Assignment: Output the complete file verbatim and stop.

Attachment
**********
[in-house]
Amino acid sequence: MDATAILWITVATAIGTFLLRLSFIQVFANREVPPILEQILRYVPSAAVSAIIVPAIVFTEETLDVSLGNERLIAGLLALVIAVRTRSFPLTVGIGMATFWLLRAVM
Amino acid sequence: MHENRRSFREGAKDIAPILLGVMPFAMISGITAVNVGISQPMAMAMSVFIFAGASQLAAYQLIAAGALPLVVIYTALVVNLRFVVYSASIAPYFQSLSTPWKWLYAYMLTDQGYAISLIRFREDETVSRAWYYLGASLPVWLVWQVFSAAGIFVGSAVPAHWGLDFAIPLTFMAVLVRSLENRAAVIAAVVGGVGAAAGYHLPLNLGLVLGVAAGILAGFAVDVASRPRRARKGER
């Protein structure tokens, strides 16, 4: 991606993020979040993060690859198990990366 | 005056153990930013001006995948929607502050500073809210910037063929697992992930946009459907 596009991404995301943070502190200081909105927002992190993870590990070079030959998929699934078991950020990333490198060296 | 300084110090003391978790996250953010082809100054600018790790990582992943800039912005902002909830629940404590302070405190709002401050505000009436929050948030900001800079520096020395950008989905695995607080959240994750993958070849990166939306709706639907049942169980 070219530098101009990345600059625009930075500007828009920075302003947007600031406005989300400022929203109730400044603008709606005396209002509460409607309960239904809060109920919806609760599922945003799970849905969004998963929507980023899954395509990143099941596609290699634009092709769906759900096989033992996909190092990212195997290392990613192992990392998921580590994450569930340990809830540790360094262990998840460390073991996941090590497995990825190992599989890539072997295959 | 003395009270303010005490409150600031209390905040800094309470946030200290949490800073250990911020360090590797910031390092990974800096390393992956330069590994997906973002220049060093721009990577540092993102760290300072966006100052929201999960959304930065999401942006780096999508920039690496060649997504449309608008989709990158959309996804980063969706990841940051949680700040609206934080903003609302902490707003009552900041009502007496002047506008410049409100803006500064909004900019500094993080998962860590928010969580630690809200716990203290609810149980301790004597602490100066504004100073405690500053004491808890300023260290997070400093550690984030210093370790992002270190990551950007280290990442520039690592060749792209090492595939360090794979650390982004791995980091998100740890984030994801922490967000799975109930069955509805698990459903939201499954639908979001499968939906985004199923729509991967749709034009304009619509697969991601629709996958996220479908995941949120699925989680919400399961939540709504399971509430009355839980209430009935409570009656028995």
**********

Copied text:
[in-house]
Amino acid sequence: MDATAILWITVATAIGTFLLRLSFIQVFANREVPPILEQILRYVPSAAVSAIIVPAIVFTEETLDVSLGNERLIAGLLALVIAVRTRSFPLTVGIGMATFWLLRAVM
Amino acid sequence: MHENRRSFREGAKDIAPILLGVMPFAMISGITAVNVGISQPMAMAMSVFIFAGASQLAAYQLIAAGALPLVVIYTALVVNLRFVVYSASIAPYFQSLSTPWKWLYAYMLTDQGYAISLIRFREDETVSRAWYYLGASLPVWLVWQVFSAAGIFVGSAVPAHWGLDFAIPLTFMAVLVRSLENRAAVIAAVVGGVGAAAGYHLPLNLGLVLGVAAGILAGFAVDVASRPRRARKGER
């Protein structure tokens, strides 16, 4: 991606993020979040993060690859198990990366 | 005056153990930013001006995948929607502050500073809210910037063929697992992930946009459907 596009991404995301943070502190200081909105927002992190993870590990070079030959998929699934078991950020990333490198060296 | 300084110090003391978790996250953010082809100054600018790790990582992943800039912005902002909830629940404590302070405190709002401050505000009436929050948030900001800079520096020395950008989905695995607080959240994750993958070849990166939306709706639907049942169980 070219530098101009990345600059625009930075500007828009920075302003947007600031406005989300400022929203109730400044603008709606005396209002509460409607309960239904809060109920919806609760599922945003799970849905969004998963929507980023899954395509990143099941596609290699634009092709769906759900096989033992996909190092990212195997290392990613192992990392998921580590994450569930340990809830540790360094262990998840460390073991996941090590497995990825190992599989890539072997295959 | 003395009270303010005490409150600031209390905040800094309470946030200290949490800073250990911020360090590797910031390092990974800096390393992956330069590994997906973002220049060093721009990577540092993102760290300072966006100052929201999960959304930065999401942006780096999508920039690496060649997504449309608008989709990158959309996804980063969706990841940051949680700040609206934080903003609302902490707003009552900041009502007496002047506008410049409100803006500064909004900019500094993080998962860590928010969580630690809200716990203290609810149980301790004597602490100066504004100073405690500053004491808890300023260290997070400093550690984030210093370790992002270190990551950007280290990442520039690592060749792209090492595939360090794979650390982004791995980091998100740890984030994801922490967000799975109930069955509805698990459903939201499954639908979001499968939906985004199923729509991967749709034009304009619509697969991601629709996958996220479908995941949120699925989680919400399961939540709504399971509430009355839980209430009935409570009656028995």